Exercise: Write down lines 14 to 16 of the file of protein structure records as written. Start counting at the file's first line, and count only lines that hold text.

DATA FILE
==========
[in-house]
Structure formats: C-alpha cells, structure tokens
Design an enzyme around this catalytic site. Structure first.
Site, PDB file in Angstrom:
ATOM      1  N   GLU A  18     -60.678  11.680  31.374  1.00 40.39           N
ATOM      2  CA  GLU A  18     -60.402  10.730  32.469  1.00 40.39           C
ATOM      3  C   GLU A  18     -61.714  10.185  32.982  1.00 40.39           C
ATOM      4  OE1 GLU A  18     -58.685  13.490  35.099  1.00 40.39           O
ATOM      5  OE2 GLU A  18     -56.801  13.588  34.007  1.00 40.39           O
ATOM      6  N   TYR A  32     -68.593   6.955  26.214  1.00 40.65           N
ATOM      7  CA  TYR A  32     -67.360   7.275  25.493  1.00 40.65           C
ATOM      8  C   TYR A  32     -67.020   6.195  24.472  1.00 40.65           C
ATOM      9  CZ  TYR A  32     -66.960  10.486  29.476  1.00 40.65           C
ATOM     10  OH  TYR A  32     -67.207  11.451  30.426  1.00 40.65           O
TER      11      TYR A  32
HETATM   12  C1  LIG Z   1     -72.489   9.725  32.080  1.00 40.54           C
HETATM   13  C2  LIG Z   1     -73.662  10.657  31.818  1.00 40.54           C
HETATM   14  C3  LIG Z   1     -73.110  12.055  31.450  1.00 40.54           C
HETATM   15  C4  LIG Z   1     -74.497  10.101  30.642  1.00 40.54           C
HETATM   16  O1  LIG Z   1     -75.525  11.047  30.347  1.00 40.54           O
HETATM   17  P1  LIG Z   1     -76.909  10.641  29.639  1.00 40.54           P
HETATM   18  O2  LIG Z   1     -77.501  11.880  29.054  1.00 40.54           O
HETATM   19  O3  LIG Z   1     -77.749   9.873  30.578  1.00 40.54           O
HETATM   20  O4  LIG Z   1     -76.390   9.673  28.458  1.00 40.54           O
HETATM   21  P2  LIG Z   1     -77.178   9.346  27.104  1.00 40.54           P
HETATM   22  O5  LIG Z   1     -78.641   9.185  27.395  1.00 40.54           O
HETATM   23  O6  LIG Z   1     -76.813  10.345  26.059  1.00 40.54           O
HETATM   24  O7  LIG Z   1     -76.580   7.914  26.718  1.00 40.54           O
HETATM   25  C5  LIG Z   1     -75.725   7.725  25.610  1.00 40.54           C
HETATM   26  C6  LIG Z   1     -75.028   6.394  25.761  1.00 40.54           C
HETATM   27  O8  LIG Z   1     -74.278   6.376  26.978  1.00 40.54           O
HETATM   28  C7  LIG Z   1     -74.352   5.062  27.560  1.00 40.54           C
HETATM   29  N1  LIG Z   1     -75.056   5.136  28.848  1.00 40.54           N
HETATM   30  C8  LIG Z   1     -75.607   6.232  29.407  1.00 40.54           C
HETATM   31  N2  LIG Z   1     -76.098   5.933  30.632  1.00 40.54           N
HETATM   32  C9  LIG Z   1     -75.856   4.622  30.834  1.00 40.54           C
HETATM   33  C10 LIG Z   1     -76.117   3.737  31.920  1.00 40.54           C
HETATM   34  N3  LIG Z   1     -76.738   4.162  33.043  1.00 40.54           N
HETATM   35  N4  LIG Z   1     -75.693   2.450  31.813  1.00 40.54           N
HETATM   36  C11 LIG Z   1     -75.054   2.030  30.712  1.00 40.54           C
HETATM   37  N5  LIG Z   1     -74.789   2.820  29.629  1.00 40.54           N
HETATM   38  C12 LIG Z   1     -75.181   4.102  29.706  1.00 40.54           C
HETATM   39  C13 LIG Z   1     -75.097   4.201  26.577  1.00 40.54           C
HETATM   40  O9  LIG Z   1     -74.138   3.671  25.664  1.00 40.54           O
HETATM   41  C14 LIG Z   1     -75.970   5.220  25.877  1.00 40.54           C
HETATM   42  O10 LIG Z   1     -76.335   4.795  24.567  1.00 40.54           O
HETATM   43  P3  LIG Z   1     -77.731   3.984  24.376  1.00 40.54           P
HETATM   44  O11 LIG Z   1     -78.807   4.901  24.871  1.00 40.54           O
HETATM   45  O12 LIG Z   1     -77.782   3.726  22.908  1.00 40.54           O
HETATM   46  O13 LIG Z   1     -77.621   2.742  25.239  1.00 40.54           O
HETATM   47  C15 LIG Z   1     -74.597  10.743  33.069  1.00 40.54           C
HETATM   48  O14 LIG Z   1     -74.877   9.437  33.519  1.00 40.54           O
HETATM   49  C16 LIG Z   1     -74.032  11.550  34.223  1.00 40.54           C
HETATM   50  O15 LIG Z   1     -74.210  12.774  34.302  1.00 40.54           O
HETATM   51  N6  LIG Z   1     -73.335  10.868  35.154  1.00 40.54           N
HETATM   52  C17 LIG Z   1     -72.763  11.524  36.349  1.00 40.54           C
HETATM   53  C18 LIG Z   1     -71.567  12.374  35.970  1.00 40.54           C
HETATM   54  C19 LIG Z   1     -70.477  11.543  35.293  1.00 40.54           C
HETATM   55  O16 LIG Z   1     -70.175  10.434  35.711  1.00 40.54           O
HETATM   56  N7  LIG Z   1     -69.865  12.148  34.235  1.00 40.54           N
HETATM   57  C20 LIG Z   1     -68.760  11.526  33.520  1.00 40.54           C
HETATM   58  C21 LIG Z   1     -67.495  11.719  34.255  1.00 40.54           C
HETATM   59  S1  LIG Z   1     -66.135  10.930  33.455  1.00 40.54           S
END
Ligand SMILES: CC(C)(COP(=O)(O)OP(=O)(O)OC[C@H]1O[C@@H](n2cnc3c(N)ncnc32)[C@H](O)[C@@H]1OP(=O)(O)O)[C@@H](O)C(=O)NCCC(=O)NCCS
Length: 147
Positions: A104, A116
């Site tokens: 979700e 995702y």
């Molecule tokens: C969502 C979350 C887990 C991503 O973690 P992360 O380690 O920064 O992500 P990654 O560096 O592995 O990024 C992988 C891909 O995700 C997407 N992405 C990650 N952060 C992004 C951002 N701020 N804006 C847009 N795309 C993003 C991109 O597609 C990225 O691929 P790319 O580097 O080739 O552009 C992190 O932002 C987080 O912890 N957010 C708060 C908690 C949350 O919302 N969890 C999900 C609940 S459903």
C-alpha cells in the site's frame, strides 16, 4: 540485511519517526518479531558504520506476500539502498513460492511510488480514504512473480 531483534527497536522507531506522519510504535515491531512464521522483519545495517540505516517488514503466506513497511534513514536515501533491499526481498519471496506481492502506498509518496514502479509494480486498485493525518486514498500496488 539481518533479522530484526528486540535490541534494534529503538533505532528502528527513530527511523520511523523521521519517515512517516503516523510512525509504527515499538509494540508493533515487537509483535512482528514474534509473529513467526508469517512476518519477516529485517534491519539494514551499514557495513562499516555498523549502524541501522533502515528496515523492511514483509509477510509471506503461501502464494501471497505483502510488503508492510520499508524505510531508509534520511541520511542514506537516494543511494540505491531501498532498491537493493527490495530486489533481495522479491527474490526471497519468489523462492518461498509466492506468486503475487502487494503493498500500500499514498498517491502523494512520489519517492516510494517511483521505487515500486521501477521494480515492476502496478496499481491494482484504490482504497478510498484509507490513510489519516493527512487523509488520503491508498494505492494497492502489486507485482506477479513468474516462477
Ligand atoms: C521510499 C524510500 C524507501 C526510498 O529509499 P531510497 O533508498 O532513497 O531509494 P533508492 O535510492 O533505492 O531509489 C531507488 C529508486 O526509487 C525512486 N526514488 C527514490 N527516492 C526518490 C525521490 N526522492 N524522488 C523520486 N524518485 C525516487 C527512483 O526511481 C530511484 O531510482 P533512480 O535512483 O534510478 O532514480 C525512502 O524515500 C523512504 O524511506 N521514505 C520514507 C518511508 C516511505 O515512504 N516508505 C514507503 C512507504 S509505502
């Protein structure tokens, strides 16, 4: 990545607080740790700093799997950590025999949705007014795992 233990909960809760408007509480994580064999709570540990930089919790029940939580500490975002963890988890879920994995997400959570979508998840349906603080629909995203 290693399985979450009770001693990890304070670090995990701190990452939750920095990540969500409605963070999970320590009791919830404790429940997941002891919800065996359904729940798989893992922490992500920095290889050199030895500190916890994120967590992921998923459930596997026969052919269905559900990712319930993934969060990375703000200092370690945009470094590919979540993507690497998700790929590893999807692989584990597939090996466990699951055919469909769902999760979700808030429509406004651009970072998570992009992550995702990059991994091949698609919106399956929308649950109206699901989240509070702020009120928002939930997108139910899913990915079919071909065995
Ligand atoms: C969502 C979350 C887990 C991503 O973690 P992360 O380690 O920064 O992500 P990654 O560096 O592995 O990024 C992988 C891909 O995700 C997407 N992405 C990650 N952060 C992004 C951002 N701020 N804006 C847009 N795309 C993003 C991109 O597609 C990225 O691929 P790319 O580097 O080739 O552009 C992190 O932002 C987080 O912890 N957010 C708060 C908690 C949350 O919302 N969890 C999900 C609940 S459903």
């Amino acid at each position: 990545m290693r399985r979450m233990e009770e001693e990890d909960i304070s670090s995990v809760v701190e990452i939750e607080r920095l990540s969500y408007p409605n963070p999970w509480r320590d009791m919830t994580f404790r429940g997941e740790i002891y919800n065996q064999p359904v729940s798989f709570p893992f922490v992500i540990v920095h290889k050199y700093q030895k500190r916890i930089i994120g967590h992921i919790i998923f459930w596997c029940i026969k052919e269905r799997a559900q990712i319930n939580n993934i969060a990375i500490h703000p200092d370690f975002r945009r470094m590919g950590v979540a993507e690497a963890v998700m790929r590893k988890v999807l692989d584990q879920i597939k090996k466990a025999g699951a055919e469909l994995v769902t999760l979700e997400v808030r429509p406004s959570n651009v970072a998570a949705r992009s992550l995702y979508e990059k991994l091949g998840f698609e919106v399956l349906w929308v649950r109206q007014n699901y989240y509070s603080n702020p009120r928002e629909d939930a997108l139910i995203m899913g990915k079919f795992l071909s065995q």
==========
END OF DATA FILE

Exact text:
ATOM     10  OH  TYR A  32     -67.207  11.451  30.426  1.00 40.65           O
TER      11      TYR A  32
HETATM   12  C1  LIG Z   1     -72.489   9.725  32.080  1.00 40.54           C